How often have we heard the hierarchy of the SNP trumpeting their intention to create a free, fair and democratic society in Scotland? We have 32 councils with councillors elected by their constituents to manage the public services in their council area. At least that’s the way it used to work before the democratic SNP came to power.
Now local authorities have been emasculated to such an extent that they cannot raise the funds necessary to provide services to those who elected them and they are constantly threatened that unless they meet certain tick box targets they will suffer cuts in grants from Holyrood.
Now we have the unedifying situation where John Swinney is threatening draconian consequences if the local authorities break the SNP populist council tax freeze because as we all know nothing must be allowed to frighten the horses ahead of the May elections.
The SNP’s Scotland is as democratic as those other well known democracies, The People’s Democratic Republic of North Korea, The People’s Democratic Republic of China and The People’s Democratic Republic of the Congo.
Donald Lewis, Gifford, East Lothian
New bus shelters are worse than useless
Edinburgh’s new bus shelters are absolutely useless. No protection from the elements whatsoever. The rain comes in at all angles because of the large space between the uprights of the shelter and the roof.
Recently with all the rain and wind you could not sit in the shelters, never mind stand in them – as the seats were soaking wet.
What a waste of taxpayers’ money – especially when there was absolutely nothing wrong with the majority of the previous shelters. Whoever designed these new ones? They are about as good as a chocolate fireguard!
Name and address supplied
Cyclists should pay towards road upkeep
I WAS shocked by your front page header “Double Whammy For Motorists”, Evening News, January 21.
Sadly it looks like parking charges in Edinburgh are set to rocket and cash for pothole repairs will be cut back. Surely things in Edinburgh are not that bad?
On January 20, the Evening News had a story about plans for a £9m cycle superhighway for Glasgow-Edinburgh. Perhaps this £9m can be diverted to repairing the roads and keeping the parking charges lower?
If cyclists want a special superhighway and other special cycling facilities then surely it is time that cyclists start contributing towards these sort of amenities. It would appear that local authorities are cash strapped and if there is not enough in the pot to repair roads then I certainly have problems understanding how there is money to provide enhanced cycling facilities.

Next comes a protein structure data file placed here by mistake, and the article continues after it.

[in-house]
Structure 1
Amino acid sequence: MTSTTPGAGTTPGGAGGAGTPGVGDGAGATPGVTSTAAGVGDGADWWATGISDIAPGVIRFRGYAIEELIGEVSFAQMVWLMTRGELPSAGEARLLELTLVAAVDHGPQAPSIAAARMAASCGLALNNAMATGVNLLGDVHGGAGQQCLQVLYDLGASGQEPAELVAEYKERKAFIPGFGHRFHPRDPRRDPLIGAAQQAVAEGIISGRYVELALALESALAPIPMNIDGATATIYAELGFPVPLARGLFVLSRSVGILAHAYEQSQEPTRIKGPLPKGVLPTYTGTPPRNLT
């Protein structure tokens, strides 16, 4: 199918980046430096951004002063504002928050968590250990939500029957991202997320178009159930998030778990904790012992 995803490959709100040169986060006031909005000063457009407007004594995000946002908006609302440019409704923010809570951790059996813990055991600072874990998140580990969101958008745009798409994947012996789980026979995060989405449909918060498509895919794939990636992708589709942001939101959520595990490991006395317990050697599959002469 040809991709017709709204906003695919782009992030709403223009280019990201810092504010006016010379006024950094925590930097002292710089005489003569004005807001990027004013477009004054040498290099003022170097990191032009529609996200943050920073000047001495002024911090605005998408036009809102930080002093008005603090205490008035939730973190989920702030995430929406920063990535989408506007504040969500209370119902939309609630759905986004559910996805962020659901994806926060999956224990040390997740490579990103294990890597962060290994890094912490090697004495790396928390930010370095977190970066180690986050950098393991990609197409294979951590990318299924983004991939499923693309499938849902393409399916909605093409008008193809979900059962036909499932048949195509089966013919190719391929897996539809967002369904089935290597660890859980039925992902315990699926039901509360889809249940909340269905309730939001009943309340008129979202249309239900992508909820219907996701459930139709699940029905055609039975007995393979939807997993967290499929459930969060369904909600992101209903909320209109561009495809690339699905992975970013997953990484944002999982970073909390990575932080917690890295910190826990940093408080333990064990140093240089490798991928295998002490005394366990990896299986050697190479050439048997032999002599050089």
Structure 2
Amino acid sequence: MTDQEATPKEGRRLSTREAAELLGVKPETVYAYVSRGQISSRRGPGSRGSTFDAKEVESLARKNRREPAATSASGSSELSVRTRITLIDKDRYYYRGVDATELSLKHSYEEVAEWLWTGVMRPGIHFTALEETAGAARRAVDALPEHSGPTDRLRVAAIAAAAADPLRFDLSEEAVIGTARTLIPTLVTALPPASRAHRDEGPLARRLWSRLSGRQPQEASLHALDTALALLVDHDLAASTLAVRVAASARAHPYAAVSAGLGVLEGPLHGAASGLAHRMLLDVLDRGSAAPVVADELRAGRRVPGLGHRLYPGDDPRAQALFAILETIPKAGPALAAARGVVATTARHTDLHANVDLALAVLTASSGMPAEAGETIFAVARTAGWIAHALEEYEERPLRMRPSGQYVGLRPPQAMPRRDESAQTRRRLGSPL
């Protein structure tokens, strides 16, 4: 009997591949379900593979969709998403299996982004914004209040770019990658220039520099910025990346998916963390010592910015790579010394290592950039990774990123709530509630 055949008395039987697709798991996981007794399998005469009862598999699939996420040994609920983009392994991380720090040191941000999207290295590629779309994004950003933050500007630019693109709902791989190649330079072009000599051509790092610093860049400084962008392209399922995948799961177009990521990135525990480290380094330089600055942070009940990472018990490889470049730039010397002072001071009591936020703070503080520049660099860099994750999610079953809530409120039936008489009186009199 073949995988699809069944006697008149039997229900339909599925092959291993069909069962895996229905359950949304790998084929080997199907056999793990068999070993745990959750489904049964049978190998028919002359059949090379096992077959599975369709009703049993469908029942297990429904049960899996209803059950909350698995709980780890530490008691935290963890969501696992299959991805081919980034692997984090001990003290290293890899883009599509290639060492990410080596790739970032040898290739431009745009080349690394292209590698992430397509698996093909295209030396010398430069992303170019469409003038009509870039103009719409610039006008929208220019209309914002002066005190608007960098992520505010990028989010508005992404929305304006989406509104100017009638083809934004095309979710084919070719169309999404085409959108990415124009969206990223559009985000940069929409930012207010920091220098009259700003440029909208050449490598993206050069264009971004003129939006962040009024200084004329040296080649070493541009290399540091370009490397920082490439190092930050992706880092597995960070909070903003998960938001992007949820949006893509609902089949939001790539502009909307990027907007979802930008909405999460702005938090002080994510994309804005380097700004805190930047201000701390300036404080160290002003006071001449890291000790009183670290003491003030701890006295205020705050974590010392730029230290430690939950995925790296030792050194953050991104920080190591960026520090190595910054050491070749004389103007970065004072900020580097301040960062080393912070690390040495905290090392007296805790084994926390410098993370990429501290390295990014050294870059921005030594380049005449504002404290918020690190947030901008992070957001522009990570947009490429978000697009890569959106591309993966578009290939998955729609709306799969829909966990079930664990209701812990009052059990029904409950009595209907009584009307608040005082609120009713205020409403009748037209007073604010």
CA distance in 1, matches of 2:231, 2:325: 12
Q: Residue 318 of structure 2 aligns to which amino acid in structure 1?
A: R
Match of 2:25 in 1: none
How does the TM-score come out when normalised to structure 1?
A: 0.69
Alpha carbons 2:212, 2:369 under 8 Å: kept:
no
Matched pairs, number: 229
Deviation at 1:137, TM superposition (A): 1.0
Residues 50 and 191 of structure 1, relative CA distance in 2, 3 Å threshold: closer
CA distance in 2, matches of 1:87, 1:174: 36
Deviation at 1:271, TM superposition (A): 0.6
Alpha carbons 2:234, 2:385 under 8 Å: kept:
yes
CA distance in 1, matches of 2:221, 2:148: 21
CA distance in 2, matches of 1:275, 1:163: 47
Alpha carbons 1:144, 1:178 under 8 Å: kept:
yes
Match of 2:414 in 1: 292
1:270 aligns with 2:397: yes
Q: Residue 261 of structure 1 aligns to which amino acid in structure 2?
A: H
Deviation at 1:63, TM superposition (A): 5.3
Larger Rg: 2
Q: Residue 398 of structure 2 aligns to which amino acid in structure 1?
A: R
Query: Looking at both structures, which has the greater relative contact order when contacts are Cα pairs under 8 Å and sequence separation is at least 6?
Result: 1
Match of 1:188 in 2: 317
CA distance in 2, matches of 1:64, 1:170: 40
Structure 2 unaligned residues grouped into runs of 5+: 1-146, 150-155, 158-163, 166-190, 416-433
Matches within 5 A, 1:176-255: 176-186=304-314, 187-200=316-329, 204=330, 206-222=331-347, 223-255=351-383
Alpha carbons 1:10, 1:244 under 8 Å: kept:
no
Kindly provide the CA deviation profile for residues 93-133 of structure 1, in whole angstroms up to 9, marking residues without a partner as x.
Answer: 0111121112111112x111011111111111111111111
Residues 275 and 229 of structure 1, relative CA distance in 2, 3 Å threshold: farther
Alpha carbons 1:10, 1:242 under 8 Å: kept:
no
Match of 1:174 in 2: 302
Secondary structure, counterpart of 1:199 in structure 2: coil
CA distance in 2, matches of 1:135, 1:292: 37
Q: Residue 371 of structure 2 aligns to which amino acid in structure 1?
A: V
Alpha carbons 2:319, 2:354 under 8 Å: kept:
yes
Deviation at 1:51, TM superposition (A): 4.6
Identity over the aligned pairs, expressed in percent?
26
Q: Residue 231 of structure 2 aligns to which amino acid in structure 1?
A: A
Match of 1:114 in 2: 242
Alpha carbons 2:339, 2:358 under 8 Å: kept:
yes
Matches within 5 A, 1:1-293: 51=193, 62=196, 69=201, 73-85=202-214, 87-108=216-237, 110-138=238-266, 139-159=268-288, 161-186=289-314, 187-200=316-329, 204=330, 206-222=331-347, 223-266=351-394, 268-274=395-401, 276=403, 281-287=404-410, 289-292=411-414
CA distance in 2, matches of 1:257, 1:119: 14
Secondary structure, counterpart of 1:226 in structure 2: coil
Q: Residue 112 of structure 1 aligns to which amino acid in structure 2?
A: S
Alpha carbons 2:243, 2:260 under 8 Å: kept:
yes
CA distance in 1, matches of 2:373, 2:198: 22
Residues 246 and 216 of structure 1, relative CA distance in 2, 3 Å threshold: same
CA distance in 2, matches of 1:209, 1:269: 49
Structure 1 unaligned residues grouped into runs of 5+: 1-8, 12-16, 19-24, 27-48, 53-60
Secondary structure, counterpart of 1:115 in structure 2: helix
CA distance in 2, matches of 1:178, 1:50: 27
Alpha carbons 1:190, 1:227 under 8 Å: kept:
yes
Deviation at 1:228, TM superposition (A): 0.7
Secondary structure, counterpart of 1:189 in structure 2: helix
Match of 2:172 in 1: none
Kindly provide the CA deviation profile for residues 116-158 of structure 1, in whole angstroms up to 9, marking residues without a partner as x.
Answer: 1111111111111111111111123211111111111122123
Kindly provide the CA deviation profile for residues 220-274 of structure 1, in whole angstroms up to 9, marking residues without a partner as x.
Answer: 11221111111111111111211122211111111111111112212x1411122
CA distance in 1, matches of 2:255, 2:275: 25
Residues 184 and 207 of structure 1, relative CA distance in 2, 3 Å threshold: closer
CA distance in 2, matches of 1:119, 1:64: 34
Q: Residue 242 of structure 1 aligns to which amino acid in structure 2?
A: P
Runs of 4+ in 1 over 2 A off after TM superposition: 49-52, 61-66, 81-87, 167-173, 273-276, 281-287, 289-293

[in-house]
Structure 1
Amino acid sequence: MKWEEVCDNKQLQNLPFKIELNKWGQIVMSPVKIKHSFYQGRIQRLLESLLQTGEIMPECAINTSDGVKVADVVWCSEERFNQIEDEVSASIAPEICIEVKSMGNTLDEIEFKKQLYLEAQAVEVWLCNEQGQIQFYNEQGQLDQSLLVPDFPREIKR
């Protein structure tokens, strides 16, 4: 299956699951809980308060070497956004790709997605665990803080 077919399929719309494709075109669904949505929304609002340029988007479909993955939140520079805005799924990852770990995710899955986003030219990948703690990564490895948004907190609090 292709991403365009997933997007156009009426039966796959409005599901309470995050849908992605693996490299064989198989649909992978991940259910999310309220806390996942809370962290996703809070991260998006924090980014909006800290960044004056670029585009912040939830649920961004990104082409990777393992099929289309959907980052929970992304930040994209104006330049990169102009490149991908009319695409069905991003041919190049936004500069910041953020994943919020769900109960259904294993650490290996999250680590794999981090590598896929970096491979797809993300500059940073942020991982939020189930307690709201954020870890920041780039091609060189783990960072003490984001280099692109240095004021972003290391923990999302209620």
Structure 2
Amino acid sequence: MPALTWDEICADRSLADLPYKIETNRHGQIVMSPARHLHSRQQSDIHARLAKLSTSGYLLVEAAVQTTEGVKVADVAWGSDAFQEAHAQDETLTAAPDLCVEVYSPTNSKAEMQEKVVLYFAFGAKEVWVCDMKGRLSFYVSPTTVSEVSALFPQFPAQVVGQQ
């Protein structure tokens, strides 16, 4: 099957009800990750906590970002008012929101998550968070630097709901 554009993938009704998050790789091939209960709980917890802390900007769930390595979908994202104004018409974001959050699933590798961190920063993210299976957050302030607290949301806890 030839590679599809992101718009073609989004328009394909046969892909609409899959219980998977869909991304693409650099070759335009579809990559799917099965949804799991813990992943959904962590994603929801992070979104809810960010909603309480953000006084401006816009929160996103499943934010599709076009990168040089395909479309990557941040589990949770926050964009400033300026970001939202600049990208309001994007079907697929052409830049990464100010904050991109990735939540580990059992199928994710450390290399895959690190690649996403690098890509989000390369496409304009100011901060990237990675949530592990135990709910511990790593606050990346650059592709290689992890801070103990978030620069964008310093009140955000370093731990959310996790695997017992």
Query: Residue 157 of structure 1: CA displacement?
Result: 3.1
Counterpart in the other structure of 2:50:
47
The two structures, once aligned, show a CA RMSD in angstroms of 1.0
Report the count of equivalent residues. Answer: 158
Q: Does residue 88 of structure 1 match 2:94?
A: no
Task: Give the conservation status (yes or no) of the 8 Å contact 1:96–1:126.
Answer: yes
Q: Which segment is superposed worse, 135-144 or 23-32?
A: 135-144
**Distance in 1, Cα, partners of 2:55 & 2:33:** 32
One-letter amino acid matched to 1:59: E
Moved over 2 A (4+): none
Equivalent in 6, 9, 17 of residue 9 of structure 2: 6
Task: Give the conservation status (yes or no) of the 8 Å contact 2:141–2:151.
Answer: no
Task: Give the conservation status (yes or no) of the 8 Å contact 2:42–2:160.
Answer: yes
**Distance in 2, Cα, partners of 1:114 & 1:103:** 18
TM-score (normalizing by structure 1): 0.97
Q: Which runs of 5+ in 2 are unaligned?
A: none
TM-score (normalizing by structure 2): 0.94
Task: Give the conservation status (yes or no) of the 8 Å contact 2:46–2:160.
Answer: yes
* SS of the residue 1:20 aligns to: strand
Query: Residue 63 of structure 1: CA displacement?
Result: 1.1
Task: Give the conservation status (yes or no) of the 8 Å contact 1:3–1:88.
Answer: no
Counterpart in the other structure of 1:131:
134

I suggest that every cyclist over the age of 16 should have to pay a compulsory levy of around £75 a year. This would then give them more of a right to be using the roads and/or demanding better cycling facilities and might go some way towards easing tensions between motorists and cyclists.
Alastair Macintyre, Webster Place, Rosyth, Fife
STEM jobs are coolest jobs in the world
As a little girl, I spent many hours playing in my dad’s lab while he worked on a number of inventions and made important discoveries in his area of electrochemistry. He always had fun, and I had fun being his youngest assistant. My fate as a techophile was sealed.
I was lucky enough to have early access to technology, engineering and science in this way, but my case is rare.
Most girls have little exposure to STEM-based subjects (Science, Technology, Engineering, and Mathematics); the old-fashioned myths that they are “off limits” or just for boys still linger in schools. It’s widely reported that girls in school are less likely to pick STEM studies compared to their male peers and we need to address this.
It’s great to hear that girls here in Scotland are getting the opportunity to explore the STEM sector from a young age. The Girls in STEM event, hosted by Accenture and Stemettes in Edinburgh this week, introduced girls as young as 11 to these industries where they otherwise may not have the chance. It blasts apart the notion that STEM jobs are for men only, and reveals a wide range of careers in this area, from coding for video games to designing sports cars to laboratory research.
The timing is excellent because skilled workers in these sectors are in high demand.
A recent report by the UK Commission for Employment and Skills in July 2015 found that due to a shortage of applicants with the required skills, 43 per cent of vacancies in STEM were not being filled.
We need to seize this opportunity and educate everyone from a young age about these exciting, creative careers. I grew up thinking STEM jobs are some of the coolest, hippest, most fun jobs in the world. I still think it’s true. I hope younger generations will see that too.
Caroline Jones-Carrick, Director, TEV Project, Prestwick, Ayrshire, Scotland
Pope teaches us God’s design for marriage
Pope Francis must be applauded for giving clear teaching on the Bible’s essential truth of God’s design for marriage ahead of Italy’s politicians’ debate on civil partnerships.
The church throughout the world, not just in Italy, needs to explain the gospel in its fullness so all people, not just the politicians, can understand the merciful love of Christ and receive it.
Name and address supplied